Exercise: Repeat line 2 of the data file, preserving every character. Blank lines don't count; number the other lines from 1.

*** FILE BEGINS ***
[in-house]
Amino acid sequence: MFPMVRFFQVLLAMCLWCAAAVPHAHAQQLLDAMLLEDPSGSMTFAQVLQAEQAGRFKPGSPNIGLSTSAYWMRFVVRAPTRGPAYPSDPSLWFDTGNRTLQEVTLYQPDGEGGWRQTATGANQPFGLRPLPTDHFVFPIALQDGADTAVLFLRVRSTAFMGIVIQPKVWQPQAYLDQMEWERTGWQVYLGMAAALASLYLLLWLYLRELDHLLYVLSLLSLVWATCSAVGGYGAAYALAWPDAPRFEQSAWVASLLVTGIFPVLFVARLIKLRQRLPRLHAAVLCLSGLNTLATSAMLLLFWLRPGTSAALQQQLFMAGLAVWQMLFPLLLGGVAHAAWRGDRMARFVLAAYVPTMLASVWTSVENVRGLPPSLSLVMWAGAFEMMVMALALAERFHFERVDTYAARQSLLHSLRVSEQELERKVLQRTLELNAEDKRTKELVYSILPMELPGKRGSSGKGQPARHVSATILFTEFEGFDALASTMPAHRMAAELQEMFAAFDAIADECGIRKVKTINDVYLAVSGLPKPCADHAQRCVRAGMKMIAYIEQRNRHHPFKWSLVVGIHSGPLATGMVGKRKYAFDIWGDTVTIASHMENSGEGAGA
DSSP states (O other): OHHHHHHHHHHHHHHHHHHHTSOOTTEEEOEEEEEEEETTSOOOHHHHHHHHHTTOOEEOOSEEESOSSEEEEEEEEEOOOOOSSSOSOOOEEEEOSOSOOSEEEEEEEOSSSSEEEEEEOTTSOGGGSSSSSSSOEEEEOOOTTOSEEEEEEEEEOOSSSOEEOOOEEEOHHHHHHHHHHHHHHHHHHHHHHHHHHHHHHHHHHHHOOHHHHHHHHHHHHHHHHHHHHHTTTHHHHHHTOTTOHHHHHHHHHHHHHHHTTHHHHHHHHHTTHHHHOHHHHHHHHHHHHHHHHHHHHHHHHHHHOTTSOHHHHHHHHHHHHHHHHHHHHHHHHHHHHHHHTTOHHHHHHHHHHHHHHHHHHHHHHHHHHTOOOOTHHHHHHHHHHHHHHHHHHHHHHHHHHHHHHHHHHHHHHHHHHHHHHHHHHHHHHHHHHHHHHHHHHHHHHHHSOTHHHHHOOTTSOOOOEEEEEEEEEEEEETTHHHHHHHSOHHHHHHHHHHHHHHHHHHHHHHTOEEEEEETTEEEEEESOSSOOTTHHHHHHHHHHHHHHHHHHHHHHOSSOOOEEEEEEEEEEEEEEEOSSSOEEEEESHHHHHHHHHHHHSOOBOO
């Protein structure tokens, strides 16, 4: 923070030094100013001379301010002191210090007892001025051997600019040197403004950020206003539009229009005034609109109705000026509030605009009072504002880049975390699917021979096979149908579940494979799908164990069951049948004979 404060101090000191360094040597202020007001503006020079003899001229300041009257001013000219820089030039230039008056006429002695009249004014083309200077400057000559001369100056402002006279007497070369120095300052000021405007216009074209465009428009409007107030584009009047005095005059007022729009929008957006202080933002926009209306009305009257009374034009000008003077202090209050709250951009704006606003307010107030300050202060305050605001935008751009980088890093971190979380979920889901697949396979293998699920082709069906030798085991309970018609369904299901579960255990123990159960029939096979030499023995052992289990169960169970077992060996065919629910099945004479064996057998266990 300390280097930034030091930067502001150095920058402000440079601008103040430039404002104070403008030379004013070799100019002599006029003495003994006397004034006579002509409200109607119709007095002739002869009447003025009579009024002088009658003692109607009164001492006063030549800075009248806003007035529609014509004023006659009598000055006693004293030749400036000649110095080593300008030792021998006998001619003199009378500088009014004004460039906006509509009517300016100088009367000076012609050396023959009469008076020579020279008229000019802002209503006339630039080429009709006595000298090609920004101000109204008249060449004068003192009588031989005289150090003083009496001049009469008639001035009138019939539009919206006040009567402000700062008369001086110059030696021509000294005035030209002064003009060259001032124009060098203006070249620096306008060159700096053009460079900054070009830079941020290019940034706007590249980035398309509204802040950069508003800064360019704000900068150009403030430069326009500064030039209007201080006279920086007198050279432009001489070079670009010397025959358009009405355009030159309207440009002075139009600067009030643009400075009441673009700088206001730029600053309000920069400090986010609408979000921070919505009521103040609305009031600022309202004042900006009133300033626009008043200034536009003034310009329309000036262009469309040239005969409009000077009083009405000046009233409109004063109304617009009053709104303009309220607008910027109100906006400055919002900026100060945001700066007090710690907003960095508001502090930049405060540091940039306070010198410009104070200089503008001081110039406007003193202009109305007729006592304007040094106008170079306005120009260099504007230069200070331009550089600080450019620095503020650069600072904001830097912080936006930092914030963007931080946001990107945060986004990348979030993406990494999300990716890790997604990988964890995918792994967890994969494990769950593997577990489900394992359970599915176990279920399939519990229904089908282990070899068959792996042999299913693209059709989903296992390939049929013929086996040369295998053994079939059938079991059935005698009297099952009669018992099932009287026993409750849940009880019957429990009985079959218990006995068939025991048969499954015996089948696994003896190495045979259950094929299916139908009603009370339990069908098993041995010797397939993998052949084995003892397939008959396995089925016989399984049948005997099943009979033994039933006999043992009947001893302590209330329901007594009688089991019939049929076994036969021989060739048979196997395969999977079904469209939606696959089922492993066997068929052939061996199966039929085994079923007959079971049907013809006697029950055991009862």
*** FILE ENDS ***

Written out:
Amino acid sequence: MFPMVRFFQVLLAMCLWCAAAVPHAHAQQLLDAMLLEDPSGSMTFAQVLQAEQAGRFKPGSPNIGLSTSAYWMRFVVRAPTRGPAYPSDPSLWFDTGNRTLQEVTLYQPDGEGGWRQTATGANQPFGLRPLPTDHFVFPIALQDGADTAVLFLRVRSTAFMGIVIQPKVWQPQAYLDQMEWERTGWQVYLGMAAALASLYLLLWLYLRELDHLLYVLSLLSLVWATCSAVGGYGAAYALAWPDAPRFEQSAWVASLLVTGIFPVLFVARLIKLRQRLPRLHAAVLCLSGLNTLATSAMLLLFWLRPGTSAALQQQLFMAGLAVWQMLFPLLLGGVAHAAWRGDRMARFVLAAYVPTMLASVWTSVENVRGLPPSLSLVMWAGAFEMMVMALALAERFHFERVDTYAARQSLLHSLRVSEQELERKVLQRTLELNAEDKRTKELVYSILPMELPGKRGSSGKGQPARHVSATILFTEFEGFDALASTMPAHRMAAELQEMFAAFDAIADECGIRKVKTINDVYLAVSGLPKPCADHAQRCVRAGMKMIAYIEQRNRHHPFKWSLVVGIHSGPLATGMVGKRKYAFDIWGDTVTIASHMENSGEGAGA